Facebook Twitter Pinterest Google+

Why we need so many antioxidants

And where you can find it

Everybody is talking about antioxidants

But few people can explain why it is that we need so many antioxidants. We’ll try to elucidate …

What you need to know:

As it turns out, antioxidants may be very important for your nervous system’s health (and the rest of your body, too). They seem to prevent the harmful consequences of too much of a basic process called oxidative stress.

Oxidative stress is a cellular process that takes place in our brains and bodies every day, all the time. To a certain extent, it is normal: Our cells contain “reactive oxygen species.” These are chemically reactive, oxygen-containing molecules (like peroxides) that are a natural result of oxygen metabolism. In high volumes, these molecules are up to no good. But the body can handle them and detoxify itself at low levels.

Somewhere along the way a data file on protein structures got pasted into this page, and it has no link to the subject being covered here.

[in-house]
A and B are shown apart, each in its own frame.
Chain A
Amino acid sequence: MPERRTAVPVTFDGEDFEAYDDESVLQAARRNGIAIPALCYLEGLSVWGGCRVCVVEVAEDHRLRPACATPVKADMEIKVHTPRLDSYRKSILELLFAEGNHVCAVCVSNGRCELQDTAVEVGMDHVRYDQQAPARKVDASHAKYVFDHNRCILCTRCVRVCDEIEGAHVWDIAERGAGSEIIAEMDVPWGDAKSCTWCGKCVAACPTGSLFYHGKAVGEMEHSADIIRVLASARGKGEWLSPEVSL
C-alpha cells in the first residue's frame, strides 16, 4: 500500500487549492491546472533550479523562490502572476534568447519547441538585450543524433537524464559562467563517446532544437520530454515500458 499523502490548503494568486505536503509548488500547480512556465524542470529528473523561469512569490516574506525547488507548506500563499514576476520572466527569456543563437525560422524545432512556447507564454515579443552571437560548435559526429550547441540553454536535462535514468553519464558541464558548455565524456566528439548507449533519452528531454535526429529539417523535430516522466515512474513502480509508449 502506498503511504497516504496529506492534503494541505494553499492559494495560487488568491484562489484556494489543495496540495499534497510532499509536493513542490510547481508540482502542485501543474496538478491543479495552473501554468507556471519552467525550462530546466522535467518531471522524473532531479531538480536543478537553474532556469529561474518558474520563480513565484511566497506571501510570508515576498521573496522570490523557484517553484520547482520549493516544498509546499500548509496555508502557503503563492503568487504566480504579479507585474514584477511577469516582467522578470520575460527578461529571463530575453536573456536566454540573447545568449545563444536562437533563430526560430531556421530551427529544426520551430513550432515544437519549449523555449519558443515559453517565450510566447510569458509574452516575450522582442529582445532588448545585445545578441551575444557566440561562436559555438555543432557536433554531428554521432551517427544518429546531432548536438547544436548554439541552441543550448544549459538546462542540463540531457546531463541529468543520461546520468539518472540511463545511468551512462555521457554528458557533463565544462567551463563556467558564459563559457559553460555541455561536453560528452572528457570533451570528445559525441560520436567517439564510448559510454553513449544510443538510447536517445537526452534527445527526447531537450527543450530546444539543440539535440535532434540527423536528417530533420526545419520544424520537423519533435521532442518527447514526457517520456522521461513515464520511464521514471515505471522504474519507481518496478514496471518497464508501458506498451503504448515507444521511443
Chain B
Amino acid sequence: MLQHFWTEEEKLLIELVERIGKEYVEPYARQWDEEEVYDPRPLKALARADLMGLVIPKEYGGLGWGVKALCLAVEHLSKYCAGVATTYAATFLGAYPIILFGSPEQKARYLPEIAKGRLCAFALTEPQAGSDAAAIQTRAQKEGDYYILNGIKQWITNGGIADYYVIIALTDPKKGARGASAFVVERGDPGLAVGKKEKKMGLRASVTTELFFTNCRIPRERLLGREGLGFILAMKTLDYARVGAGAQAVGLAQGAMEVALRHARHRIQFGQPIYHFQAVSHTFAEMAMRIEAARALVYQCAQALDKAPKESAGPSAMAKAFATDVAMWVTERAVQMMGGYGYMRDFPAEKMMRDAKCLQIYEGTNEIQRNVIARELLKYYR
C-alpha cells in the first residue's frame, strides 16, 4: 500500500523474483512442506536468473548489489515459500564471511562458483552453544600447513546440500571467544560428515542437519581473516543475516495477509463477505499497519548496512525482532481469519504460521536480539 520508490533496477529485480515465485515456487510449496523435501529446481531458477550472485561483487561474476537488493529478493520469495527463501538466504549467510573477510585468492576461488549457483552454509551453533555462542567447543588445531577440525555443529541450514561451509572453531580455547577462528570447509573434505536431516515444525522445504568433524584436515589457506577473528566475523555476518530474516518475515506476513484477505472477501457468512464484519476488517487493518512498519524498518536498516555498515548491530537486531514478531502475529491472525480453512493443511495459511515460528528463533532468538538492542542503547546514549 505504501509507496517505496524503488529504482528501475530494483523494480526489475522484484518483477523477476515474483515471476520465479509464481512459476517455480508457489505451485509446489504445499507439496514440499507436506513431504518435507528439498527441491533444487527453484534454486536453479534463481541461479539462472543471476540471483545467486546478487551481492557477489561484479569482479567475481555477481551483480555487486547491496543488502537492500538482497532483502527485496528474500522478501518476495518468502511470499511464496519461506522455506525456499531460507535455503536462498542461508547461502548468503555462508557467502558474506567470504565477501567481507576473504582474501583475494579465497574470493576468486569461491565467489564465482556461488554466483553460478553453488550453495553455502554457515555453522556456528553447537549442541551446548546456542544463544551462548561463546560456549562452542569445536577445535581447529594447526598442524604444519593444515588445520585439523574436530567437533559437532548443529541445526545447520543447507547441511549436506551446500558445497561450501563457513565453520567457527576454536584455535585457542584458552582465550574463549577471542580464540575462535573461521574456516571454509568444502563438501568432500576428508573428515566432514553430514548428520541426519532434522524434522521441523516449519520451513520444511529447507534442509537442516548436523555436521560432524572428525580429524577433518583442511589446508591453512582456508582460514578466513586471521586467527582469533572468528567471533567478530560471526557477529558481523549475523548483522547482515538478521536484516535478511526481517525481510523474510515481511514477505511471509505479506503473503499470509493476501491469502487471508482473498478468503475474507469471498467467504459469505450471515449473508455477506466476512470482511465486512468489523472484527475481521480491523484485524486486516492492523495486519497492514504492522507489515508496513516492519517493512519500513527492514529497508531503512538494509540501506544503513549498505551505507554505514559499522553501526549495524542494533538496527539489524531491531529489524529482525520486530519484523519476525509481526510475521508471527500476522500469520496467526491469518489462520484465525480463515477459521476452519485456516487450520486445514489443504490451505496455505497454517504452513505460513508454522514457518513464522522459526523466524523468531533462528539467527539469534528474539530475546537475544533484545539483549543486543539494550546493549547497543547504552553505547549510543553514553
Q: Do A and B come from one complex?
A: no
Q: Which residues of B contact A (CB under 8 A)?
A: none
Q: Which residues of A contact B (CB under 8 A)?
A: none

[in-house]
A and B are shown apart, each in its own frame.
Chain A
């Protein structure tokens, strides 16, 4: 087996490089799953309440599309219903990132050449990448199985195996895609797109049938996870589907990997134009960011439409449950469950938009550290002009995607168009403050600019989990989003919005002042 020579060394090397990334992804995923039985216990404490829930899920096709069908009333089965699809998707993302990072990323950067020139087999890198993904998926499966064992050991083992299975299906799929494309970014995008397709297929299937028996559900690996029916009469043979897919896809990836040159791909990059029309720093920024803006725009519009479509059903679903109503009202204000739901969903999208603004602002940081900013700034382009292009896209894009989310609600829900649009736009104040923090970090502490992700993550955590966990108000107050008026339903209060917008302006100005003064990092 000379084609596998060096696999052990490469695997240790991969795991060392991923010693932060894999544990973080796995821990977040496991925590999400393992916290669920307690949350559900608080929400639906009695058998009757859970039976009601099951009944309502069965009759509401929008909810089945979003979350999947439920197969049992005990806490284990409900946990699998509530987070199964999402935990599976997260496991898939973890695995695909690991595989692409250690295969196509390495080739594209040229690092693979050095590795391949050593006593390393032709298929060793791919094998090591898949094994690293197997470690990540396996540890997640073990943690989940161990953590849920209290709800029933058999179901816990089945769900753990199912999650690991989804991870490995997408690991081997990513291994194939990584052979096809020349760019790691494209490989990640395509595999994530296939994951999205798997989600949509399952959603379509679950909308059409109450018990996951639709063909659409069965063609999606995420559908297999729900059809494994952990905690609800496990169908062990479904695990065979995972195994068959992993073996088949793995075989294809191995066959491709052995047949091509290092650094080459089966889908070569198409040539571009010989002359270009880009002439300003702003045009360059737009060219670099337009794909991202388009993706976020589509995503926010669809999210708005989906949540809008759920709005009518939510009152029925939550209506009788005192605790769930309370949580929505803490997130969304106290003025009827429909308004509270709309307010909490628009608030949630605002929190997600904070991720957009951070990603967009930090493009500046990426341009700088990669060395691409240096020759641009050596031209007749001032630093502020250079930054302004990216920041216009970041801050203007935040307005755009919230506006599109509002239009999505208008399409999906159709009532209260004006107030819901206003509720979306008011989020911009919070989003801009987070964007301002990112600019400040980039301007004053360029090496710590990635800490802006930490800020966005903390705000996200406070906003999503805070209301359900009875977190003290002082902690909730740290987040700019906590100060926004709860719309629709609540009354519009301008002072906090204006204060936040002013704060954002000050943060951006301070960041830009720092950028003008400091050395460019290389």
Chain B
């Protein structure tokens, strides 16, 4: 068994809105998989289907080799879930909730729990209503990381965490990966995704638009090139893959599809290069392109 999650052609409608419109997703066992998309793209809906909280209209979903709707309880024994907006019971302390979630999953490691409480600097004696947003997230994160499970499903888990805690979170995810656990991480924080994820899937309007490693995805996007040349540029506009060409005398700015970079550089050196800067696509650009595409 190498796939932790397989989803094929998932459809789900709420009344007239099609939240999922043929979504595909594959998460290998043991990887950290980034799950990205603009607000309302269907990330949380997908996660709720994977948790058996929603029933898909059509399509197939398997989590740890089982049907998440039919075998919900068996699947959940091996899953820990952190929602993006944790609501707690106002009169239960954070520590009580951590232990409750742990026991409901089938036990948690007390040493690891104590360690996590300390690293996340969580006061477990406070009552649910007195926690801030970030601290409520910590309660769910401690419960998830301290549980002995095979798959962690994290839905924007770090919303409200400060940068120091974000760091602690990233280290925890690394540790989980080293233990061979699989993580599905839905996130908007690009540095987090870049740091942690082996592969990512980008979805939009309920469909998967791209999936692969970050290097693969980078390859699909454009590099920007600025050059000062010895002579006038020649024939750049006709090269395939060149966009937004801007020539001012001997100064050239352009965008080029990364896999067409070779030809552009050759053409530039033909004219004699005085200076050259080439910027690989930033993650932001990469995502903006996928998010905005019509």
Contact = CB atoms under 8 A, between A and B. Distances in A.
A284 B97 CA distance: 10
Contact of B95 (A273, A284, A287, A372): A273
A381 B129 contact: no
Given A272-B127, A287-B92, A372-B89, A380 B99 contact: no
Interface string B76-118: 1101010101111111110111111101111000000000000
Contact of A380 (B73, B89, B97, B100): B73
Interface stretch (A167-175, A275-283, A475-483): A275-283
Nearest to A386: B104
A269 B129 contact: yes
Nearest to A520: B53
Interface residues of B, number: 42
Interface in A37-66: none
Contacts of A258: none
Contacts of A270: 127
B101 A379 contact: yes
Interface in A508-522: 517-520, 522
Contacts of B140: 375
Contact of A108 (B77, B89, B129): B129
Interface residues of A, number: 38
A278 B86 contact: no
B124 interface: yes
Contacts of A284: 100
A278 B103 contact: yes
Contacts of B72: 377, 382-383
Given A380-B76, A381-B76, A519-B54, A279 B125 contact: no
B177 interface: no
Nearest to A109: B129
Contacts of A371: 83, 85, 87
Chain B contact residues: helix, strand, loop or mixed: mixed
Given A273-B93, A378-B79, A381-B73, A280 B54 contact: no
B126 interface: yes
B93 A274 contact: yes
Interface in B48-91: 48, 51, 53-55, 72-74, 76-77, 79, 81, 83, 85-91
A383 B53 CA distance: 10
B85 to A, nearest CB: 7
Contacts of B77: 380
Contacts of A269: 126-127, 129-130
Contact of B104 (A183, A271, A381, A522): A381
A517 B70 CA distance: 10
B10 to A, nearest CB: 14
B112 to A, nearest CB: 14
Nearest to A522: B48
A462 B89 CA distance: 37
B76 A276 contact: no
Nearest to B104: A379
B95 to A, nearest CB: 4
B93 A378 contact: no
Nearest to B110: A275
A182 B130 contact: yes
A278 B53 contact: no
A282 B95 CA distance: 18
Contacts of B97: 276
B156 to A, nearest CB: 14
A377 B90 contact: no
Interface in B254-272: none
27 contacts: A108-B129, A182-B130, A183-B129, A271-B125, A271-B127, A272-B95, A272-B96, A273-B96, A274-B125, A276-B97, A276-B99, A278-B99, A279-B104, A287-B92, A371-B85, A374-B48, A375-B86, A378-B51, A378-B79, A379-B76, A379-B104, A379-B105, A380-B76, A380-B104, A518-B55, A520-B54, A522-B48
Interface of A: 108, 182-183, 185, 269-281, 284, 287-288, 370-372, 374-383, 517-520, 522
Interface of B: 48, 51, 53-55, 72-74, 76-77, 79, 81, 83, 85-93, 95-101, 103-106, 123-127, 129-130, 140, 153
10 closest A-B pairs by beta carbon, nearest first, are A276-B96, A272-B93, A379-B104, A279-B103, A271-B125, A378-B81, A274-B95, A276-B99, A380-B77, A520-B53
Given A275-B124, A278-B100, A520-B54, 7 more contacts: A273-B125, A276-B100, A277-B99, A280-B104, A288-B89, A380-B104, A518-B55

So how do we make our brains less susceptible to over-stressing (oxidatively, that is)? What can we do to prevent––or reverse––such crippling neurological and behavioral deficits?

The easiest answer is probably to consume more antioxidants.


All plants synthesize a multitude of chemical compounds that enhance the plant’s survival odds. Some of these compounds are anthocyanins: natural pigments responsible for the yellow, red, and blue hues of fruits, flowers, and vegetables. They protect the plant from UV overdose, among other things


Ever heard that the more intense the color of the fruit or vegetable you’re eating, the better it is for you? Perhaps this is why. Anthocyanins are reportedly potent antioxidants, working by chemically reducing the effects of oxidative stress. Animal models of antioxidant effects in the brain have revealed the benefits of these super-nutrients at the behavioral, neurological, and cellular levels. Their helpful effects also apply to brains and nervous systems that are both young and healthy (prevention), and diseased and aged (reversing damage).

So invite antioxidants to the family dinner table more often. Most of them taste great, and they might even help you remember those moments later in life!

Information in part from “Oxidative Stress and Inflammation in Brain Aging: Nutritional Considerations,” Neurochemical Research